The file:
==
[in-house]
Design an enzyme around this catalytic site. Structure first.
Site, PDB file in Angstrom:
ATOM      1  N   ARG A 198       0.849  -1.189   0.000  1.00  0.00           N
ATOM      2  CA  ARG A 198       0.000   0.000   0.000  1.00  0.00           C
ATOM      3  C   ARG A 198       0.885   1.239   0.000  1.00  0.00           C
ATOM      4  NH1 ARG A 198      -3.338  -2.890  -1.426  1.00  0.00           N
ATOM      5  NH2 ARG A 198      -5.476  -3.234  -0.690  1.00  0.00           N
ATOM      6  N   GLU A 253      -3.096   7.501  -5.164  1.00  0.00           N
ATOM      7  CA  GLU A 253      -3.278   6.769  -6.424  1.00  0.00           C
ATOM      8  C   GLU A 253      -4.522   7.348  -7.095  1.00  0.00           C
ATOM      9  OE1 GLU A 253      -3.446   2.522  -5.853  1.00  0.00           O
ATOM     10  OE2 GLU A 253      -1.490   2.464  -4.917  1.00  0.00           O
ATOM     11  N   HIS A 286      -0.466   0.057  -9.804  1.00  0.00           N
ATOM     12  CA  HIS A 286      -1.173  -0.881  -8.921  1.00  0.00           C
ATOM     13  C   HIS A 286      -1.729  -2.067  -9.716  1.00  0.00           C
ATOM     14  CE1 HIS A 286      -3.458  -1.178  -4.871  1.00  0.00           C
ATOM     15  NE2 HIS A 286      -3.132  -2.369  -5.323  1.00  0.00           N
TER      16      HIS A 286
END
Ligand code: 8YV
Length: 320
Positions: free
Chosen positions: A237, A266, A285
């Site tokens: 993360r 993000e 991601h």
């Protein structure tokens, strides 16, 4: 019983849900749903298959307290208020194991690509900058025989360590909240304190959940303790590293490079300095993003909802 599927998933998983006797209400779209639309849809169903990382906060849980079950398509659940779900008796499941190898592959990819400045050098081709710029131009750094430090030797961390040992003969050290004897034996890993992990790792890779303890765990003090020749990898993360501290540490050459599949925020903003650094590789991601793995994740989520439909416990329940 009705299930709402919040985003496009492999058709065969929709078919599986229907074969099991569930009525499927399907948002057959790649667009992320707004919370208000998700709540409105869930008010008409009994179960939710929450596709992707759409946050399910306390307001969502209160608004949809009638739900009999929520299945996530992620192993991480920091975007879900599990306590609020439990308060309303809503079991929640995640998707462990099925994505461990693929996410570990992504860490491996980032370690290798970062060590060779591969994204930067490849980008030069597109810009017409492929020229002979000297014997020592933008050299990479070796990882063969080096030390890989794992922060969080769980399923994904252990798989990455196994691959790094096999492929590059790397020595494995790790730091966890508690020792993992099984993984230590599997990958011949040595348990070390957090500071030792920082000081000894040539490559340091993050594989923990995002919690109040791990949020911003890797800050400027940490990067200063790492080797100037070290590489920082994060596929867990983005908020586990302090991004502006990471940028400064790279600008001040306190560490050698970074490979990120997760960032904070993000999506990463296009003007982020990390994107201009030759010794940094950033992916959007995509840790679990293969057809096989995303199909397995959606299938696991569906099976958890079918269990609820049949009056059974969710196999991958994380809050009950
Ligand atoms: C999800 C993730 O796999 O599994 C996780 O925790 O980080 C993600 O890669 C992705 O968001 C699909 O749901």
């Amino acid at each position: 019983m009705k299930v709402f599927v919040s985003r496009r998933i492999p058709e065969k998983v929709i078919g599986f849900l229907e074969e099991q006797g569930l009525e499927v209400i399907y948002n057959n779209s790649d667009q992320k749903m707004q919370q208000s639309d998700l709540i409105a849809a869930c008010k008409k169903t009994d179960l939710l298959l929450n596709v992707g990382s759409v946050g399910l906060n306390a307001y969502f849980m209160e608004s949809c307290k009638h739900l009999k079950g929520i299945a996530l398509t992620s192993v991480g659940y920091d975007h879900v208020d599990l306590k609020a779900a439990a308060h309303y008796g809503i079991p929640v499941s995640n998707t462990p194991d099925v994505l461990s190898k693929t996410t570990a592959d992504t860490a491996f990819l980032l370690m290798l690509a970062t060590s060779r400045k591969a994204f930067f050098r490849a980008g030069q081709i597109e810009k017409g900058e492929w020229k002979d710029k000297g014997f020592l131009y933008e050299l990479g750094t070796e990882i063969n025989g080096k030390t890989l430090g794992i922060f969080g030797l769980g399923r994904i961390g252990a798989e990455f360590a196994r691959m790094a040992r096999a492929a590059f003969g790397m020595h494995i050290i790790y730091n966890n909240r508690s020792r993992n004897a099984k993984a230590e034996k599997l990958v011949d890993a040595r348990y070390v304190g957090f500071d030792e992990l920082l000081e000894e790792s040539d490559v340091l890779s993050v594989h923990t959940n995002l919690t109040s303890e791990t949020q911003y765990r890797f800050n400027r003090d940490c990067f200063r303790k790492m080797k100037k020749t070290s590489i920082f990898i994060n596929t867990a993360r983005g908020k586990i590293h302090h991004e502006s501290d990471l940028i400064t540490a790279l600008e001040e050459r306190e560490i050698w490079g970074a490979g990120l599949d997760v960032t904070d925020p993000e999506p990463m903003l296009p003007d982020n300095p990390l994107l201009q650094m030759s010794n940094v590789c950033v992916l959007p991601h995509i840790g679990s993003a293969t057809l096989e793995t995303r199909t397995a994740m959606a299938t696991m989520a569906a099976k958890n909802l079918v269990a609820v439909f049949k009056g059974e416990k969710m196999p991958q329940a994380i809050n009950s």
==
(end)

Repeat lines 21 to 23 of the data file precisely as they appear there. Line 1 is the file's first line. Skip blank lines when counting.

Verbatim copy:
Ligand code: 8YV
Length: 320
Positions: free